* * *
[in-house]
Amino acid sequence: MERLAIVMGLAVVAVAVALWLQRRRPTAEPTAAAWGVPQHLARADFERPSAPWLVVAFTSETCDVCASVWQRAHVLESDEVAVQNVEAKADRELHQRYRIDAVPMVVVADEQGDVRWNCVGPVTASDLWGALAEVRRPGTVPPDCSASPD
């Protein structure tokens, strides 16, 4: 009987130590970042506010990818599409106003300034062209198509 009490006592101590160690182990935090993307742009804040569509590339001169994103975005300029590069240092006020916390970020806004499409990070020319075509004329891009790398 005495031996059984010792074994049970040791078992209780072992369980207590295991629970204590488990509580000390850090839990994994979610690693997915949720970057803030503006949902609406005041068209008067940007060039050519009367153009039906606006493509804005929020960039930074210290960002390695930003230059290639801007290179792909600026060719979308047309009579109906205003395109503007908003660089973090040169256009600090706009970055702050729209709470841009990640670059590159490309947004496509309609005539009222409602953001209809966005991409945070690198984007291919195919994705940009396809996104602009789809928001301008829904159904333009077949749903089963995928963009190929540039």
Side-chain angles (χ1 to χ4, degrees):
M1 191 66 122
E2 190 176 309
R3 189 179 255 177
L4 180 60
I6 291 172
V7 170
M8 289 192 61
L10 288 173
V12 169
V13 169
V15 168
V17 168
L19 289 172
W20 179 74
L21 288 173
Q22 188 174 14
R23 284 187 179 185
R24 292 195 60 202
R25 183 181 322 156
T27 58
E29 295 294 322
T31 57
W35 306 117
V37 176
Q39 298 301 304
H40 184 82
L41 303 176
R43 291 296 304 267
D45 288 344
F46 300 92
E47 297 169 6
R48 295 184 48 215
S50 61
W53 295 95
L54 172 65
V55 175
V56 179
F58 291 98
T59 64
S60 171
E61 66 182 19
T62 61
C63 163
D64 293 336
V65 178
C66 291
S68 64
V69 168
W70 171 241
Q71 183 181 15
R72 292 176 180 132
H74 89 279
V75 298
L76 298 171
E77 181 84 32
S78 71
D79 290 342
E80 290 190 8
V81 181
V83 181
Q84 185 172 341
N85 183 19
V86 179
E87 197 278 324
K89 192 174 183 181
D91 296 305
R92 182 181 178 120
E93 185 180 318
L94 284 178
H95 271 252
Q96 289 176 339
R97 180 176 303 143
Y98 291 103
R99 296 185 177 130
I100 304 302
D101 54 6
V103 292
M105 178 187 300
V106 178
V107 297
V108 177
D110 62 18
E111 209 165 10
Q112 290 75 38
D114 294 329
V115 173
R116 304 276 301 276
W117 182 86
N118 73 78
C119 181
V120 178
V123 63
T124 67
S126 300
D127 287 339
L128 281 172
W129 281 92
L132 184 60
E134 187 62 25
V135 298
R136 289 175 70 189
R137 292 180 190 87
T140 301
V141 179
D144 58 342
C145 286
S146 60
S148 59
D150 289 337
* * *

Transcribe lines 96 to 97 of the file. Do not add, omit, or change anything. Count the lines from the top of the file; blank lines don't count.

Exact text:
V123 63
T124 67